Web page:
More Insights from the Mind of the Modern Homebuyer

This post is sponsored by Chase.

A couple weeks ago I partnered with Chase and shared their infographic called “The New Age of Homebuying.” Today, I’m partnering with Chase again to discuss the other parts of their “Insights from the Mind of the Modern Homebuyer” survey and how the homebuying process is going DIY.

In the first post, which you can read here, I discussed the survey results about shopping for a home and shopping for a mortgage. Today I’m shifting gears a bit to talk about the realities of owning a home. If you didn’t get a chance to check out the infographic in the first post, you’ll see it directly below followed by my personal thoughts.

chase infographic

Homebuying is a Complex Time in Your Life

Finding your home and obtaining a mortgage are just the beginning steps you’ll be juggling when you’re making a home purchase. You’re going to have a lot on your plate whenever you decide to make an offer on a home, so you’ll want to make sure you have pros on your side to help you.

A seasoned real estate agent will make sure your offer contract meets all legal requirements of your locality and protects you, the buyer. They can also add contingencies to cancel the contract in case you can’t sell your current home, the home inspection reveals problems or you can’t find financing.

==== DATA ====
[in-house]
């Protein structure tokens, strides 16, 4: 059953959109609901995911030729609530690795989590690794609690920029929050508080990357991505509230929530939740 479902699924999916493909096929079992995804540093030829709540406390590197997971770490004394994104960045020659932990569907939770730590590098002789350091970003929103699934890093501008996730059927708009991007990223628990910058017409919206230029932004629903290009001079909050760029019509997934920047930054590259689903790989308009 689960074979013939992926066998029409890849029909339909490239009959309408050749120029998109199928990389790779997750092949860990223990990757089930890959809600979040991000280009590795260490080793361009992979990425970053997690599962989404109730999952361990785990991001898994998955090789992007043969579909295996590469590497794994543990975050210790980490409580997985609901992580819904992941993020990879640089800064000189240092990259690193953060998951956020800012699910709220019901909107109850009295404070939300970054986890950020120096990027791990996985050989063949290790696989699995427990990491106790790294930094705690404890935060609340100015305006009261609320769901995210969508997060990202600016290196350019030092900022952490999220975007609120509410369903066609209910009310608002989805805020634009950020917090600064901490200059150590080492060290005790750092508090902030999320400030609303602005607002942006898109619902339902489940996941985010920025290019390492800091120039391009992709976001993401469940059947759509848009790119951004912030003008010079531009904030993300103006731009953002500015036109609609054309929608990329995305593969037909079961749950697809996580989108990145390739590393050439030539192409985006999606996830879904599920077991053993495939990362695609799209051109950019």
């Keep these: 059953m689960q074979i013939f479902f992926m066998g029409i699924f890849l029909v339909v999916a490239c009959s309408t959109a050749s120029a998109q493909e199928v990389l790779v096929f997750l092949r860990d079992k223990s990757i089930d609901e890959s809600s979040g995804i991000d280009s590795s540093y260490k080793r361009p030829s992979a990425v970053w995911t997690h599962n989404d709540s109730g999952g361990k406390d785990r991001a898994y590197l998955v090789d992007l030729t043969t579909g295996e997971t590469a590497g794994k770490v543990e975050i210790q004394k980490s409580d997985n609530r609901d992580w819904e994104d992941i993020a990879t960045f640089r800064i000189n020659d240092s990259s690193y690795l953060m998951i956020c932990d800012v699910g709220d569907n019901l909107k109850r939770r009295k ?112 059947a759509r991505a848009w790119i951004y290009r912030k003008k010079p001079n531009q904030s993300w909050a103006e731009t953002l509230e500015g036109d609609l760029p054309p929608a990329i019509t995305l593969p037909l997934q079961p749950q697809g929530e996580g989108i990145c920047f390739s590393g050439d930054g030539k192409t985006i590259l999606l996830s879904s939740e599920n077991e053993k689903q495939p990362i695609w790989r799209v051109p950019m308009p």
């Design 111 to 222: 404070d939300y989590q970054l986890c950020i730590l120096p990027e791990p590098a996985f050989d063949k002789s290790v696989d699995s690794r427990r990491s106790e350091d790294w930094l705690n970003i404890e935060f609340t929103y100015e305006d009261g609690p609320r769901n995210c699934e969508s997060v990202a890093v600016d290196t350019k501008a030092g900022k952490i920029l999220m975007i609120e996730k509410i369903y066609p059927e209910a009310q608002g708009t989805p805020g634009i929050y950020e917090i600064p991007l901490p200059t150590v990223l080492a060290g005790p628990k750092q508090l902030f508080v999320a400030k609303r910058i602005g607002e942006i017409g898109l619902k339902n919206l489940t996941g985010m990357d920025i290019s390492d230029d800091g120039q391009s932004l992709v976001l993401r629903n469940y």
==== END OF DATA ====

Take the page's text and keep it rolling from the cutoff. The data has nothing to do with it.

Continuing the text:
Speaking of financing, if you haven’t already gotten in touch with a mortgage professional, now is the time. You can check out the site to prequalify for your mortgage online or contact a local Chase mortgage banker.

After making an offer, your real estate agent should guide you through everything that needs to be completed before you close on the house. The property will have to be appraised and surveyed. You may choose to have a home inspector inspect the home for issues, too.

Your real estate agent should make sure everything is getting done to line up with your closing date.

What Happens after You Own a Home?

Once you sign the paperwork at closing, you’re a homeowner! You’ll get the keys and can start moving in whenever is convenient for you.

Alternatively, you may want to do some renovations before you move in to make the house your true home. After all, it’s easier to do some projects, like change the flooring, before all of your belongings are in the house.

You’ll eventually unpack and learn all of the little things about your house that you never noticed before. You may realize that the brass door hardware really gets on your nerves or the oak cabinets in the kitchen that you thought you could live with  really need to be upgraded.

Home Improvements Cost Money

Unfortunately, home improvements cost money. You can either save money to tackle the home improvements you want to do, like my wife and I, or you can take out a loan.

If your home value has increased since you’ve bought it, you may qualify for a home equity line of credit (HELOC) which allows you to borrow money against the value of your home.